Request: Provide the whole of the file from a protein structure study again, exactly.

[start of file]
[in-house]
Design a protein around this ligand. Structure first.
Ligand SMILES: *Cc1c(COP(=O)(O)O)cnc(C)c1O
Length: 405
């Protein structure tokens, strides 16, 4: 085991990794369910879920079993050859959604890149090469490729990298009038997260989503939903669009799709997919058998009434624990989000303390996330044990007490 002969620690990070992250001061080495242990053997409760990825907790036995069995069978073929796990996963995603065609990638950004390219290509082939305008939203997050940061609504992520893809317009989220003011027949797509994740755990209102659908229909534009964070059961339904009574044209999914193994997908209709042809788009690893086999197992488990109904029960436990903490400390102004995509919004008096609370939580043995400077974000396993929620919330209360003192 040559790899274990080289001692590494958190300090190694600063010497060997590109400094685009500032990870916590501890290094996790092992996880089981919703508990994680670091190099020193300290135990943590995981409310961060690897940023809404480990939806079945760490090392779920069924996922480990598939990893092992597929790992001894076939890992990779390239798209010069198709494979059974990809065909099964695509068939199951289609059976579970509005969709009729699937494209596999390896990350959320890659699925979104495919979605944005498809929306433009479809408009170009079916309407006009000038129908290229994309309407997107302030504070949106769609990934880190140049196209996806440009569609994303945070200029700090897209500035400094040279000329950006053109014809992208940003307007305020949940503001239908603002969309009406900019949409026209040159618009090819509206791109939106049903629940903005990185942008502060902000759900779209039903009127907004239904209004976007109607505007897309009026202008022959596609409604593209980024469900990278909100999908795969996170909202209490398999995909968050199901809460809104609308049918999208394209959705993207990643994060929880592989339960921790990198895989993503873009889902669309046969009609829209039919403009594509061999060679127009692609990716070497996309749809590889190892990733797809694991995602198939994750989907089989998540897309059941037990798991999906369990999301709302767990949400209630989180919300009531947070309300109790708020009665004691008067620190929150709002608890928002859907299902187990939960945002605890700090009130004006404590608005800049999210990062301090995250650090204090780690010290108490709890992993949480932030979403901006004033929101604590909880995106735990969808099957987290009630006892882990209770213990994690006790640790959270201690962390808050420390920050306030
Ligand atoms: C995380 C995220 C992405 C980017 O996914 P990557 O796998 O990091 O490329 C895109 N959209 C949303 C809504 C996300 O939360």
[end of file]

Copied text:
[in-house]
Design a protein around this ligand. Structure first.
Ligand SMILES: *Cc1c(COP(=O)(O)O)cnc(C)c1O
Length: 405
């Protein structure tokens, strides 16, 4: 085991990794369910879920079993050859959604890149090469490729990298009038997260989503939903669009799709997919058998009434624990989000303390996330044990007490 002969620690990070992250001061080495242990053997409760990825907790036995069995069978073929796990996963995603065609990638950004390219290509082939305008939203997050940061609504992520893809317009989220003011027949797509994740755990209102659908229909534009964070059961339904009574044209999914193994997908209709042809788009690893086999197992488990109904029960436990903490400390102004995509919004008096609370939580043995400077974000396993929620919330209360003192 040559790899274990080289001692590494958190300090190694600063010497060997590109400094685009500032990870916590501890290094996790092992996880089981919703508990994680670091190099020193300290135990943590995981409310961060690897940023809404480990939806079945760490090392779920069924996922480990598939990893092992597929790992001894076939890992990779390239798209010069198709494979059974990809065909099964695509068939199951289609059976579970509005969709009729699937494209596999390896990350959320890659699925979104495919979605944005498809929306433009479809408009170009079916309407006009000038129908290229994309309407997107302030504070949106769609990934880190140049196209996806440009569609994303945070200029700090897209500035400094040279000329950006053109014809992208940003307007305020949940503001239908603002969309009406900019949409026209040159618009090819509206791109939106049903629940903005990185942008502060902000759900779209039903009127907004239904209004976007109607505007897309009026202008022959596609409604593209980024469900990278909100999908795969996170909202209490398999995909968050199901809460809104609308049918999208394209959705993207990643994060929880592989339960921790990198895989993503873009889902669309046969009609829209039919403009594509061999060679127009692609990716070497996309749809590889190892990733797809694991995602198939994750989907089989998540897309059941037990798991999906369990999301709302767990949400209630989180919300009531947070309300109790708020009665004691008067620190929150709002608890928002859907299902187990939960945002605890700090009130004006404590608005800049999210990062301090995250650090204090780690010290108490709890992993949480932030979403901006004033929101604590909880995106735990969808099957987290009630006892882990209770213990994690006790640790959270201690962390808050420390920050306030
Ligand atoms: C995380 C995220 C992405 C980017 O996914 P990557 O796998 O990091 O490329 C895109 N959209 C949303 C809504 C996300 O939360």